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Cleaning up without messing up: Maximizing the benefits of plastic clean-up technologies through new regulatory approaches
Falk-Andersson, J.; Rognerud, I.; De Frond, H.; Leone, G.; Karasik, R.; Diana, Z.; Dijkstra, H.; Ammendolia, J.; Eriksen, M.; Utz, R.; Walker, T.R.; Fürst, K. (2023). Cleaning up without messing up: Maximizing the benefits of plastic clean-up technologies through new regulatory approaches. Environ. Sci. Technol. 57(36): 13304-13312.
In: Environmental Science and Technology. American Chemical Society: Easton. ISSN 0013-936X; e-ISSN 1520-5851, more
Peer reviewed article  

Available in  Authors 

Author keywords
    plastic pollution, litter, clean-up technology, bycatch, externalities, regulations, added value, plastics treaty

Authors  Top 
  • Falk-Andersson, J.
  • Rognerud, I.
  • De Frond, H.
  • Leone, G., more
  • Karasik, R.
  • Diana, Z.
  • Dijkstra, H.
  • Ammendolia, J.
  • Eriksen, M.
  • Utz, R.
  • Walker, T.R.
  • Fürst, K.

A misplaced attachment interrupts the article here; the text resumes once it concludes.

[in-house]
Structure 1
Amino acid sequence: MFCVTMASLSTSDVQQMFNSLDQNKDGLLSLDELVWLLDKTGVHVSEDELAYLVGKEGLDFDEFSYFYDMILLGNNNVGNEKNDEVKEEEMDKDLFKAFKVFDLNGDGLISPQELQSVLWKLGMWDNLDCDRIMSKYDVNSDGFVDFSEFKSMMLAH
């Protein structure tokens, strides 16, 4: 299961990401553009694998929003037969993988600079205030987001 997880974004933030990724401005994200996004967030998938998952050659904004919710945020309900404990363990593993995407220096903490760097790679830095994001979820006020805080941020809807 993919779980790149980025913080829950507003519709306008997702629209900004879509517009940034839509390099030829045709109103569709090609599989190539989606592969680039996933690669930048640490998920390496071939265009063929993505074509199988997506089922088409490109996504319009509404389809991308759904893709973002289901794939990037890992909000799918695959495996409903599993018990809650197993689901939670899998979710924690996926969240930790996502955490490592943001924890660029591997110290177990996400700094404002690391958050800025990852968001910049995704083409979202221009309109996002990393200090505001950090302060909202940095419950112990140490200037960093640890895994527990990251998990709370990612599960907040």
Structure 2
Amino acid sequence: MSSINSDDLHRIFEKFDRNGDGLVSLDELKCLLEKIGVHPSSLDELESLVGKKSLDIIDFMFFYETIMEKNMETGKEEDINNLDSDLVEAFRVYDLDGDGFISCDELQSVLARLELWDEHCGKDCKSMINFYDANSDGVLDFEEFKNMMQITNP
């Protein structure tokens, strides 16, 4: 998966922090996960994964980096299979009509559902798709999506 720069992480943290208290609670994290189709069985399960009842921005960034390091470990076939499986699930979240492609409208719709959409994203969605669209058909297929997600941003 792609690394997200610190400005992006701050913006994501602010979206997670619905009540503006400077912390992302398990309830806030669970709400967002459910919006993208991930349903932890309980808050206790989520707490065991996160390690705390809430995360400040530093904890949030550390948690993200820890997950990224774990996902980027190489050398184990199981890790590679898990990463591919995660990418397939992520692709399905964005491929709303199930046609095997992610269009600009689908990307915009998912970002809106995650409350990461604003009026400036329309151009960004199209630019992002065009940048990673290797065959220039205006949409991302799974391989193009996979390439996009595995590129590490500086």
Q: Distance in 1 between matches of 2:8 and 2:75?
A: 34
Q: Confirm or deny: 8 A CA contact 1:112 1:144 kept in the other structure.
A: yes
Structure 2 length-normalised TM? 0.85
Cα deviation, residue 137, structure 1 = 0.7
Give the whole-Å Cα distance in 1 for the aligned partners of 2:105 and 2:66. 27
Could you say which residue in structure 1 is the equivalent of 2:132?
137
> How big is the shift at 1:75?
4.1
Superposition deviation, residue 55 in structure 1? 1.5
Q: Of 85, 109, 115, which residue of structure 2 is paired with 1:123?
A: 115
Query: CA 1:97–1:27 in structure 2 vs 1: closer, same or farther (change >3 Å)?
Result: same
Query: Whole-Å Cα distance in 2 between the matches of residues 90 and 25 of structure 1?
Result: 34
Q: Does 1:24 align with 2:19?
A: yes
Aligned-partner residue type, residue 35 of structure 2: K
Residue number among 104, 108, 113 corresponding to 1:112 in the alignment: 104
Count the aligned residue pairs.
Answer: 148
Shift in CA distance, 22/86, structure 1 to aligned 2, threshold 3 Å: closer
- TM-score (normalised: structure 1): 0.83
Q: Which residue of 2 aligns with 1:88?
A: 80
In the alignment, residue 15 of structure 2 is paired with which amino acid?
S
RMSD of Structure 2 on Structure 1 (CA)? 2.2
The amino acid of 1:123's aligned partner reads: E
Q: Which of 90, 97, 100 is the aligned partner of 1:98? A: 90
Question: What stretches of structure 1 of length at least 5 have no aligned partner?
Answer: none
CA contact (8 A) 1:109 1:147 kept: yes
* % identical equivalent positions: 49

As the global plastics crisis grows, numerous technologies have been invented and implemented to recover plastic pollution from the environment. Although laudable, unregulated clean-up technologies may be inefficient and have unintended negative consequences on ecosystems, for example, through bycatch or removal of organic matter important for ecosystem functions. Despite these concerns, plastic clean-up technologies can play an important role in reducing litter in the environment. As the United Nations Environment Assembly is moving toward an international, legally binding treaty to address plastic pollution by 2024, the implementation of plastic clean-up technologies should be regulated to secure their net benefits and avoid unintended damages. Regulation can require environmental impact assessments and life cycle analysis to be conducted predeployment on a case-by-case basis to determine their effectiveness and impact and secure environmentally sound management. During operations catch-efficiency and bycatch of nonlitter items, as well as waste management of recovered litter, should be documented. Data collection for monitoring, research, and outreach to mitigate plastic pollution is recommended as added value of implementation of clean-up technologies.

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